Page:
The design (see Fig. 1) is a 24 ^m square 240^240 pixels split frame transfer 8-output back illuminated L3CCD, designated as the CCD220. The shuttered variant is designated as the CCD219.

Figure 1. Schematic of CCD220.

The image and store area are built with metal-buttressed parallel clock structures to enable line shifts of 10 Mlines/s for a total transfer time of 12 ^s from image to store, and low smearing of under 1.5% at 1,200 fps. Two phase clocking was chosen for simplicity, lower power dissipation, and symmetry of drive. See Gach et al. [4] for a discussion of the benefits of a symmetric drive for the CCD controller.

The store area is slanted to make room for the standard serial registers (three phase clocking) to curve around (see Fig. 2) and provide space for the output circuitry. Each output will have a 520 element 16 ^m standard L3Vision gain register whose gain is controlled by the voltage of the multiplication phase. The output amplifier will be single stage (see Table 1) and of similar design to that employed on recent L3V CCDs. The gain register and output amplifier will be optimized for a gain of 1000, a value typically expected for AO applications, to provide an overall effective read noise of under 0.1e-. The serial registers, gain registers, and output amplifiers are designed to operate up to 15 Mpixel/s to achieve a full goal frame rate of over 1,500 fps.

Table 1. Specifications of output amplifier.



Table 1. Specifications of output amplifier.



Overall responsivity

Node capacitance

Reset rms noise (dominates without CDS)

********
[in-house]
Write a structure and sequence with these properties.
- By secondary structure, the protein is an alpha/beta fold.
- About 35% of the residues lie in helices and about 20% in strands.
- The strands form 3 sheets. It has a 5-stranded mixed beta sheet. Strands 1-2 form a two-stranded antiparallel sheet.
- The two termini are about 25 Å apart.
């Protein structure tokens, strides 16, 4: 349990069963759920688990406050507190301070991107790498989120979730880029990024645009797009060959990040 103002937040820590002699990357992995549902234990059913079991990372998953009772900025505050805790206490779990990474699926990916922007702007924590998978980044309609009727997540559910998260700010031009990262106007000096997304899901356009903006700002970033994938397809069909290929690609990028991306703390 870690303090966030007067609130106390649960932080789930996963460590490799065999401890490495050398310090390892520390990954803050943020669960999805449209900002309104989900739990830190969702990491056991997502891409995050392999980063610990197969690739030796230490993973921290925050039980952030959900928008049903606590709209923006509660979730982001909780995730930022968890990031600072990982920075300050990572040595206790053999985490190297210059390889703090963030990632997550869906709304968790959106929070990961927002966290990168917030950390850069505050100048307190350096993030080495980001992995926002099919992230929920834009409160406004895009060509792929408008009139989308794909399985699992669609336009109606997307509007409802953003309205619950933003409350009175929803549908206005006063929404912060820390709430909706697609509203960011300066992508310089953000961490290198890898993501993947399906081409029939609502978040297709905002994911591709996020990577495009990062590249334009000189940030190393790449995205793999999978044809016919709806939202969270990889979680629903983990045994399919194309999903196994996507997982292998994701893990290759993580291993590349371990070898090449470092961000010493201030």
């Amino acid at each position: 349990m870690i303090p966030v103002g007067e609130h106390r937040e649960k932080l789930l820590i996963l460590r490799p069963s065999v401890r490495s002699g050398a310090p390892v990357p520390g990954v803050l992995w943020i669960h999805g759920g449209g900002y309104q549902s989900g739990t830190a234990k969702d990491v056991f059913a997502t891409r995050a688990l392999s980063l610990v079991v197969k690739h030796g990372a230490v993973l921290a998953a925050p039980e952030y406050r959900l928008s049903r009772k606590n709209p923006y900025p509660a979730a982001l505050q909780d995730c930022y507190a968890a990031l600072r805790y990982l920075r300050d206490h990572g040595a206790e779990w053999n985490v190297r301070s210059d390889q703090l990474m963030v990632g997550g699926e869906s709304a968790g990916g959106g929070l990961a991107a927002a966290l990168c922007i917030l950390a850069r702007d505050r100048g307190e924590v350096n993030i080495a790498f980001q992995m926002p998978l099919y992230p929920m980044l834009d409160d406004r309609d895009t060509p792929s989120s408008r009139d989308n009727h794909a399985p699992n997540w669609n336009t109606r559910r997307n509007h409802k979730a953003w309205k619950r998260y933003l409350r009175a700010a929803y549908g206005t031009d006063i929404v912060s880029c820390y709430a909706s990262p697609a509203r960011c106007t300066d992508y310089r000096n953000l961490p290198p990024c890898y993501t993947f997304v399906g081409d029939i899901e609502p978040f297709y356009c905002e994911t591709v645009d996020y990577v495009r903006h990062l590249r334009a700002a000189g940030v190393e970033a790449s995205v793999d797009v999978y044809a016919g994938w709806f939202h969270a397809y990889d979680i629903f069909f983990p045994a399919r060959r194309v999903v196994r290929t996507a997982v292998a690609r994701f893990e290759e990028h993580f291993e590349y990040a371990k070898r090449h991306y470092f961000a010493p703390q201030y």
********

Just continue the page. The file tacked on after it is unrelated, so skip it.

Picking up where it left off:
Saturation (3 V swing at node)

Output impedance

Maximum frequency (settling to 1%)1 Maximum frequency (settling to 5%)

1.7 ^V/electron 57 fF

45 electrons 100 electrons 1.0M electrons 350 Ohms 15 MHz 25 MHz

The baseline device will be built in standard silicon and is low risk with guaranteed delivery of devices that meet minimum requirements. This meets the risk profile of both JRA2, who must produce a design report to the EU on a 2-3 year timescale, and ESO, who require working detectors for their next generation of instruments. A split wafer run will enable the production of two speculative variants. The first will build devices in deep depletion silicon offering much improved red response. High red response is important for applications that rely on natural GS such as VLT Planet Finder. The second is to build devices with an electronic shutter to extend the use of the detector to applications such asRayleigh Laser Guide Star (RLGS), which require very short shutter times of ^s. These short shutter times are not

1 Load capacitance (external and package) <10 pF

possible by mechanical means. RLGS systems can offer substantial savings in costs and development efforts in that they can use commercially available pulsed lasers as opposed to specialized sodium lasers.

No dump gate was included in the design as it was doubtful whether its response time to dump charge would be faster than simply clocking the serial register. It was also a concern if it would add excessive capacitance to neighboring registers and add pins to the package resulting in a larger package size and more heat load. Additionally, for deep depletion devices a much wider dump gate would be required to avoid parasitic effects resulting in an even slower dump time.

As well reducing pin count, summing wells were not included because with low read noise of 0.1e- binning could easily be performed off chip.

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